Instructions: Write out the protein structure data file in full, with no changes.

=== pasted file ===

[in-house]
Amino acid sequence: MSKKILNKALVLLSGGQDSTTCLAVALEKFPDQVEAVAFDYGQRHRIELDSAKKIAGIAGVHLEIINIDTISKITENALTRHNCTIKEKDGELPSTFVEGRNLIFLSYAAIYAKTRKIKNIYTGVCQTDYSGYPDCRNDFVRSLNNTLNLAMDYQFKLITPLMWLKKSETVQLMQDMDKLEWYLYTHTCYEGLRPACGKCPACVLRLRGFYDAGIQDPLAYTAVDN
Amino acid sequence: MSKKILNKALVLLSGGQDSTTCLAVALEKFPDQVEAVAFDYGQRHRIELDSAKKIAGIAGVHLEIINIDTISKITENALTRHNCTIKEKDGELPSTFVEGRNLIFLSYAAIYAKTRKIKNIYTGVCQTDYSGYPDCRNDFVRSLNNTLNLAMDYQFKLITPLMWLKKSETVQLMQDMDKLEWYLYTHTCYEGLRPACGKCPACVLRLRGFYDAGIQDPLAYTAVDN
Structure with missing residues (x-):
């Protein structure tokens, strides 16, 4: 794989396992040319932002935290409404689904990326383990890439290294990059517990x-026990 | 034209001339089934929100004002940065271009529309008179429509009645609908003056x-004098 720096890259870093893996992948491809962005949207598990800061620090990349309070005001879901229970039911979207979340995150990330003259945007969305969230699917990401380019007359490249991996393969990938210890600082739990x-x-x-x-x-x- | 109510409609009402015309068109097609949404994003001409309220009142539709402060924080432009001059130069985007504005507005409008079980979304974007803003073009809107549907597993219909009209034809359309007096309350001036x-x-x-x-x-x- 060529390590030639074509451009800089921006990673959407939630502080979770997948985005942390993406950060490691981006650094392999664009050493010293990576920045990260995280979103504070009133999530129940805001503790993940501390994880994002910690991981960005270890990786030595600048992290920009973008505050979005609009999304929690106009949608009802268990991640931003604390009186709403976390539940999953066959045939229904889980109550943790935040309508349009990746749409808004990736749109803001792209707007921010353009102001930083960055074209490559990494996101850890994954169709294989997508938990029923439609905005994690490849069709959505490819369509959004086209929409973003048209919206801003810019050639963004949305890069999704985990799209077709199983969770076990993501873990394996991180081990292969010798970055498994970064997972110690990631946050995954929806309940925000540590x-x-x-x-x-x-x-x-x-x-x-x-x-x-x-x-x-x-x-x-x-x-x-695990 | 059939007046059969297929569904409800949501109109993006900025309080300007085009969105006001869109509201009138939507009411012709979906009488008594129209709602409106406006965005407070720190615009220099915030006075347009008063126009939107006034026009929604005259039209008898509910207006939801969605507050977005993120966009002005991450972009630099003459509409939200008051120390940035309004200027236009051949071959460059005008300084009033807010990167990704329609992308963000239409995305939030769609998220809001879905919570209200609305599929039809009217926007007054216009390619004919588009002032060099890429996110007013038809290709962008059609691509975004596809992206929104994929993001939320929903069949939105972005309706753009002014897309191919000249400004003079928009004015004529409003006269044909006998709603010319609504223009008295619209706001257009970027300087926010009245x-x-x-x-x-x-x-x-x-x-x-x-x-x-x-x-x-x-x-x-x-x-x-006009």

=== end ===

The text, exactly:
[in-house]
Amino acid sequence: MSKKILNKALVLLSGGQDSTTCLAVALEKFPDQVEAVAFDYGQRHRIELDSAKKIAGIAGVHLEIINIDTISKITENALTRHNCTIKEKDGELPSTFVEGRNLIFLSYAAIYAKTRKIKNIYTGVCQTDYSGYPDCRNDFVRSLNNTLNLAMDYQFKLITPLMWLKKSETVQLMQDMDKLEWYLYTHTCYEGLRPACGKCPACVLRLRGFYDAGIQDPLAYTAVDN
Amino acid sequence: MSKKILNKALVLLSGGQDSTTCLAVALEKFPDQVEAVAFDYGQRHRIELDSAKKIAGIAGVHLEIINIDTISKITENALTRHNCTIKEKDGELPSTFVEGRNLIFLSYAAIYAKTRKIKNIYTGVCQTDYSGYPDCRNDFVRSLNNTLNLAMDYQFKLITPLMWLKKSETVQLMQDMDKLEWYLYTHTCYEGLRPACGKCPACVLRLRGFYDAGIQDPLAYTAVDN
Structure with missing residues (x-):
């Protein structure tokens, strides 16, 4: 794989396992040319932002935290409404689904990326383990890439290294990059517990x-026990 | 034209001339089934929100004002940065271009529309008179429509009645609908003056x-004098 720096890259870093893996992948491809962005949207598990800061620090990349309070005001879901229970039911979207979340995150990330003259945007969305969230699917990401380019007359490249991996393969990938210890600082739990x-x-x-x-x-x- | 109510409609009402015309068109097609949404994003001409309220009142539709402060924080432009001059130069985007504005507005409008079980979304974007803003073009809107549907597993219909009209034809359309007096309350001036x-x-x-x-x-x- 060529390590030639074509451009800089921006990673959407939630502080979770997948985005942390993406950060490691981006650094392999664009050493010293990576920045990260995280979103504070009133999530129940805001503790993940501390994880994002910690991981960005270890990786030595600048992290920009973008505050979005609009999304929690106009949608009802268990991640931003604390009186709403976390539940999953066959045939229904889980109550943790935040309508349009990746749409808004990736749109803001792209707007921010353009102001930083960055074209490559990494996101850890994954169709294989997508938990029923439609905005994690490849069709959505490819369509959004086209929409973003048209919206801003810019050639963004949305890069999704985990799209077709199983969770076990993501873990394996991180081990292969010798970055498994970064997972110690990631946050995954929806309940925000540590x-x-x-x-x-x-x-x-x-x-x-x-x-x-x-x-x-x-x-x-x-x-x-695990 | 059939007046059969297929569904409800949501109109993006900025309080300007085009969105006001869109509201009138939507009411012709979906009488008594129209709602409106406006965005407070720190615009220099915030006075347009008063126009939107006034026009929604005259039209008898509910207006939801969605507050977005993120966009002005991450972009630099003459509409939200008051120390940035309004200027236009051949071959460059005008300084009033807010990167990704329609992308963000239409995305939030769609998220809001879905919570209200609305599929039809009217926007007054216009390619004919588009002032060099890429996110007013038809290709962008059609691509975004596809992206929104994929993001939320929903069949939105972005309706753009002014897309191919000249400004003079928009004015004529409003006269044909006998709603010319609504223009008295619209706001257009970027300087926010009245x-x-x-x-x-x-x-x-x-x-x-x-x-x-x-x-x-x-x-x-x-x-x-006009």